Explain the following processes: (a) Polarisation of the membrane of a nerve fibre (b) Depolarisation of the membrane of a nerve fibre (c) Conduction of a nerve impulse along a nerve fibre (d) Transmission of a nerve impulse across a chemical synapse | Learn NCERT solution | Education portal Class 11 Biology | Study online Unit-21 Neural Control and Coordination



Q.3:- Explain the following processes:
(a) Polarisation of the membrane of a nerve fibre
(b) Depolarisation of the membrane of a nerve fibre
(c) Conduction of a nerve impulse along a nerve fibre
(d) Transmission of a nerve impulse across a chemical synapse

 

Answer:

(a) Polarisation of the membrane of a nerve fibre:

The fluid inside the membrane contains high concentration of K+ and negatively charged proteins and low concentration of Na+.

In contrast, the fluid outside the axon contains a low concentration of K+, a high concentration of Na+ and thus forms a concentration gradient.

These ionic gradients across the resting membrane are maintained by the active transport of ions by the sodium-potassium pump which transports 3 Na+ outwards for 2 K+ into the cell. As a result, the outer surface of the axonal membrane possesses a positive charge while its inner surface becomes negatively charged and therefore is polarised.

(b) Depolarisation of the membrane of a nerve fibre:

When a stimulus is applied at a site on the polarised membrane, the membrane at the site A becomes freely permeable to Na+. This leads to a rapid influx of Na+ followed by the reversal of the polarity at that site, i.e., the outer surface of the membrane becomes negatively charged and the inner side becomes positively charged. The polarity of the membrane at the site is thus reversed and hence depolarised.

(c) Conduction of a nerve impulse along a nerve fibre:

When a stimulus is applied at a site on the polarised membrane, the membrane at the site becomes freely permeable to Na+. This leads to a rapid influx of Na+ followed by the reversal of the polarity at that site, i.e., the outer surface of the membrane becomes negatively charged and the inner side becomes positively charged.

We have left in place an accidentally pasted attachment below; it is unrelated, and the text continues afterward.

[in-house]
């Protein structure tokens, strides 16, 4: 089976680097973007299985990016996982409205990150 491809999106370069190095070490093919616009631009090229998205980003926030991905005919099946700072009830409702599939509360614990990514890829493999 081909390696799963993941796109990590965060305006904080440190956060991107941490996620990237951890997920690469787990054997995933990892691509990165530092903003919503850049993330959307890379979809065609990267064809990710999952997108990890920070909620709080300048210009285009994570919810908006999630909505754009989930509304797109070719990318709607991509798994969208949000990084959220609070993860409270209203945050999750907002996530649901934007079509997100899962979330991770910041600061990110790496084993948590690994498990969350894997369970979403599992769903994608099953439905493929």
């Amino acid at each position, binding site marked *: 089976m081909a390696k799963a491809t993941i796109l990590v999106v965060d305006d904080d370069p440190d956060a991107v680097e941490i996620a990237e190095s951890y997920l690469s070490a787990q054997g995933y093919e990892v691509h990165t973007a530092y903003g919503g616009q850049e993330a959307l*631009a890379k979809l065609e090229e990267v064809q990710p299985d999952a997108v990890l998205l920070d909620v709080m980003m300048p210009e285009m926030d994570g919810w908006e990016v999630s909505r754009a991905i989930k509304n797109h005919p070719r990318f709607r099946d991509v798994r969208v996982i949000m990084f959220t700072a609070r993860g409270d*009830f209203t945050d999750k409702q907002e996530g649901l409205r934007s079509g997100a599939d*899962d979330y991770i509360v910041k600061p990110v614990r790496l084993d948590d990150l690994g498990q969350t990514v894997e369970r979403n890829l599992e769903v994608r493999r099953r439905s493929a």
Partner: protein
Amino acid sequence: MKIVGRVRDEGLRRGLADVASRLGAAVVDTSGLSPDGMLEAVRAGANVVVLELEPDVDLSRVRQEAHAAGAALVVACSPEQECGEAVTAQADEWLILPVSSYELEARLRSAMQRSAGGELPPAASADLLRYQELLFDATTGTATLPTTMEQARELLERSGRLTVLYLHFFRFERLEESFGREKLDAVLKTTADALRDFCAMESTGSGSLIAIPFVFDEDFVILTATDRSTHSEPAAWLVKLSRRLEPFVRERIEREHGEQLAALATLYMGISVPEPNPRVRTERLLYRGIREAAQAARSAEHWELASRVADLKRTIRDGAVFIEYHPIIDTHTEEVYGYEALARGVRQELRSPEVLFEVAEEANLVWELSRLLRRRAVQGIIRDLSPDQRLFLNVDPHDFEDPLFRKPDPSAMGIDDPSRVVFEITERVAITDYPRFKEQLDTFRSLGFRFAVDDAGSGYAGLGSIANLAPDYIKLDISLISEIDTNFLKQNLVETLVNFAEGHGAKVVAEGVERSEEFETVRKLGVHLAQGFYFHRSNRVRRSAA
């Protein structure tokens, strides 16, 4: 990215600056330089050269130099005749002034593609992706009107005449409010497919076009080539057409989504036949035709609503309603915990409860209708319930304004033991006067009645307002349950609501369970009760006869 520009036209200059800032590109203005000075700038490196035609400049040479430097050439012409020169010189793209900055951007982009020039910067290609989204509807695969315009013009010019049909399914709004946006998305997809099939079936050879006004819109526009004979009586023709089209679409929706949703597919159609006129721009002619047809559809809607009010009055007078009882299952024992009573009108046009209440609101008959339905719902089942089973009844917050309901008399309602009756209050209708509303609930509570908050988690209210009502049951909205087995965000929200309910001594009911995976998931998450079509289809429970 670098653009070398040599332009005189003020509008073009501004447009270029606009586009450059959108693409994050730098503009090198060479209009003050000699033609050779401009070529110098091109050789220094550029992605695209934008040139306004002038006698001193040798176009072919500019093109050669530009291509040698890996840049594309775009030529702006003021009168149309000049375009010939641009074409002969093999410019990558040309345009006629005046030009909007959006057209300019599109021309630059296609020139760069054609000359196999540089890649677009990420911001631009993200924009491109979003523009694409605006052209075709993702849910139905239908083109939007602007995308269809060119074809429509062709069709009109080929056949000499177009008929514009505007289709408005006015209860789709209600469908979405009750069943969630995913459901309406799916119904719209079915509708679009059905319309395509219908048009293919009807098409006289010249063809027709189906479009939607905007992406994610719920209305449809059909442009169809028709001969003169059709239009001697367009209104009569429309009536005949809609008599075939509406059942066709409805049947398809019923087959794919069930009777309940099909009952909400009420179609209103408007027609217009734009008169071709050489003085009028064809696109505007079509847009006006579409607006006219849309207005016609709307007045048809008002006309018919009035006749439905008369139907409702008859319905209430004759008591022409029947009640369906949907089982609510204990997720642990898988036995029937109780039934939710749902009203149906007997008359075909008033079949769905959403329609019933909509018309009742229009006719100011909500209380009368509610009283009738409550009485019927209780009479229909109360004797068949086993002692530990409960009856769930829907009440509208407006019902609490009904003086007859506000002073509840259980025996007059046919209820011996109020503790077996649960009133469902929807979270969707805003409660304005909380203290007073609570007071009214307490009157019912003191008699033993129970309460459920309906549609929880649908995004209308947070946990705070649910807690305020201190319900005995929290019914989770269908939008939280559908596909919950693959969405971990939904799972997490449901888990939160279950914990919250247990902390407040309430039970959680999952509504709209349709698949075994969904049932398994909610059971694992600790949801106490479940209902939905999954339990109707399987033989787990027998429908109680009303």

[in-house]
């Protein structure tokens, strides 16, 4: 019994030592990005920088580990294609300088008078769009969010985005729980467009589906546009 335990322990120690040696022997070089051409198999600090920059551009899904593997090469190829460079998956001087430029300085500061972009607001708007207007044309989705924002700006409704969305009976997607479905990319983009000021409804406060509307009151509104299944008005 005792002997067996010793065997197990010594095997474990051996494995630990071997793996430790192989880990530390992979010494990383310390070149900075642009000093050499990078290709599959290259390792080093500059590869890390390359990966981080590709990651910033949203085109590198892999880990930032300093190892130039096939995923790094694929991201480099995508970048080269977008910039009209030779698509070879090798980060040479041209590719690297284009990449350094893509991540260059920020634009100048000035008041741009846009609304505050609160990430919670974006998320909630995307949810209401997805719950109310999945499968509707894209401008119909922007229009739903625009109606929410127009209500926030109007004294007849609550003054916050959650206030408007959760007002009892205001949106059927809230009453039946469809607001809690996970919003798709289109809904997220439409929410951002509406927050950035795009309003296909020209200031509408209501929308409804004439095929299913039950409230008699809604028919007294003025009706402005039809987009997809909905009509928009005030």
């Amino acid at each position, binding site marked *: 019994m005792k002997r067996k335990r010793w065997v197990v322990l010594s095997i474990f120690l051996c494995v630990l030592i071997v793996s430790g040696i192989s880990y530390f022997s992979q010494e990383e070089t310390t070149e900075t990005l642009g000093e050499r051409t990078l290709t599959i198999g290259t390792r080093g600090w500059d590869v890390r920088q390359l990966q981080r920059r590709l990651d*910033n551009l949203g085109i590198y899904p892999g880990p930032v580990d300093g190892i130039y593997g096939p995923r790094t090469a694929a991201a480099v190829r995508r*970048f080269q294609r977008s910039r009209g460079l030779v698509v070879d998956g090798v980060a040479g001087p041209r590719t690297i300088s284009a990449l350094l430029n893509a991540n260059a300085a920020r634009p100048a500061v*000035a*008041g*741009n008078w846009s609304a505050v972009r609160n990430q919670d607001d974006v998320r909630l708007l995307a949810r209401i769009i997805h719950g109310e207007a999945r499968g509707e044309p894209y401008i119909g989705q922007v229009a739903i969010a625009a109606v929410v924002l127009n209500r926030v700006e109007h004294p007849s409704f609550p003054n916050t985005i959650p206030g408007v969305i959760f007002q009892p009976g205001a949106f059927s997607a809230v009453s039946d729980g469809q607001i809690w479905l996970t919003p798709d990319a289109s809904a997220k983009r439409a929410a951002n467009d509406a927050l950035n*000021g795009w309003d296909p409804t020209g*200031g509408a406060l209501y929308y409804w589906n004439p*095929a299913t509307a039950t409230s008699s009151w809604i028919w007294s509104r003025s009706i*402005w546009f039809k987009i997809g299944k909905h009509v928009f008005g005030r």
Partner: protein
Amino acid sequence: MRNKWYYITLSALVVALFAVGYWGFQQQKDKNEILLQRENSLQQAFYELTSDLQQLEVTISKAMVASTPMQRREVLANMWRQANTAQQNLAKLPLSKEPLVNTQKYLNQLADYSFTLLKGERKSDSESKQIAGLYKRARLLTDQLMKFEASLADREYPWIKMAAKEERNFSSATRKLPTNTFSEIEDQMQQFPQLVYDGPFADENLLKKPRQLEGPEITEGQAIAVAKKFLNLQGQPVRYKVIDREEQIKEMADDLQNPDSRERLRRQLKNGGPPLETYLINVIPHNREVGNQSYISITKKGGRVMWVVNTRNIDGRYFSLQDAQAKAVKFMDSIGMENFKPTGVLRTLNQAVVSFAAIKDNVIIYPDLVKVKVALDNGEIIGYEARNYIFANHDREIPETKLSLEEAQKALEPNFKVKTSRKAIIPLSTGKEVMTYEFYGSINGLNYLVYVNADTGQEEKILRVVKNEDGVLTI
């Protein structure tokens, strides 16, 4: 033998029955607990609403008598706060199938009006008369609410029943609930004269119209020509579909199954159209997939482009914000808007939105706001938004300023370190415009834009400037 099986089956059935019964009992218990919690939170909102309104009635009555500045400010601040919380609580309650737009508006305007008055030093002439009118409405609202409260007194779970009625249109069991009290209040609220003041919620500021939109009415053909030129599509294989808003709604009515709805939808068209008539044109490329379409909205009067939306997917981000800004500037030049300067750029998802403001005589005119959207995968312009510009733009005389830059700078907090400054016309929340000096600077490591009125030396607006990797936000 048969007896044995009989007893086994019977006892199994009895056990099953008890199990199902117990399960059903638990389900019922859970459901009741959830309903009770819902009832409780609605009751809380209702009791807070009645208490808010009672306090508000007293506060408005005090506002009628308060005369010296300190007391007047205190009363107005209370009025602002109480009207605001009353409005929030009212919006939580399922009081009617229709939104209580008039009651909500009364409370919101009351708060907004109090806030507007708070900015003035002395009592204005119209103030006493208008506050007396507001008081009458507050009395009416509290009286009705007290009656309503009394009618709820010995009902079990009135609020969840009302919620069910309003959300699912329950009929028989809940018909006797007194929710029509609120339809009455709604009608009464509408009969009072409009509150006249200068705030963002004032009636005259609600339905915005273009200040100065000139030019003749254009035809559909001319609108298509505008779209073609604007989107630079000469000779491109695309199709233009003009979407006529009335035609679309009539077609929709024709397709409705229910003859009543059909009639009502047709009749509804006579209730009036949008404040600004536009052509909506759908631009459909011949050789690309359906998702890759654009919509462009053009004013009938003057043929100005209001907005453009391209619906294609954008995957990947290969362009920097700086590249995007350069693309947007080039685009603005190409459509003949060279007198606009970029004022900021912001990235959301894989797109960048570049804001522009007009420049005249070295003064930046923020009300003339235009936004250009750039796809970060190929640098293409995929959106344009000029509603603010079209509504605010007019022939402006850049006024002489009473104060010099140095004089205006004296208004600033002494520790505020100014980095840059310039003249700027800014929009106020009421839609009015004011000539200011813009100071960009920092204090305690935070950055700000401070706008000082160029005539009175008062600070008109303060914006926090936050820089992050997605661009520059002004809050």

At sites immediately ahead, the axon membrane has a positive charge on the outer surface and a negative charge on its inner surface. As a result, a current flows on the inner surface from site A to site B.

On the outer surface current flows from site B to site A to complete the circuit of current flow. Hence, the polarity at the site is reversed, and an action potential is generated at site B. Thus, the impulse (action potential) generated at site A arrives at site B.

The sequence is repeated along the length of the axon and consequently the impulse is conducted.

The rise in the stimulus-induced permeability to Na+ is extremely shortlived. It is quickly followed by a rise in permeability to K+. Within a fraction of a second, K+ diffuses outside the membrane and restores the resting potential of the membrane at the site of excitation and the fibre becomes once more responsive to further stimulation.

(d) Transmission of a nerve impulse across chemical synapse:

At a chemical synapse, the membranes of the pre- and post-synaptic neurons are separated by a fluid-filled space called synaptic cleft. Chemicals called neurotransmitters are involved in the transmission of impulses at these synapses. The axon terminals contain vesicles filled with these neurotransmitters. When an impulse (action potential) arrives at the axon terminal, it stimulates the movement of the synaptic vesicles towards the membrane where they fuse with the plasma membrane and release their neurotransmitters in the synaptic cleft. The released neurotransmitters bind to their specific receptors, present on the post-synaptic membrane. This binding opens ion channels allowing the entry of ions which can generate a new potential in the post-synaptic neuron. The new potential developed may be either excitatory or inhibitory.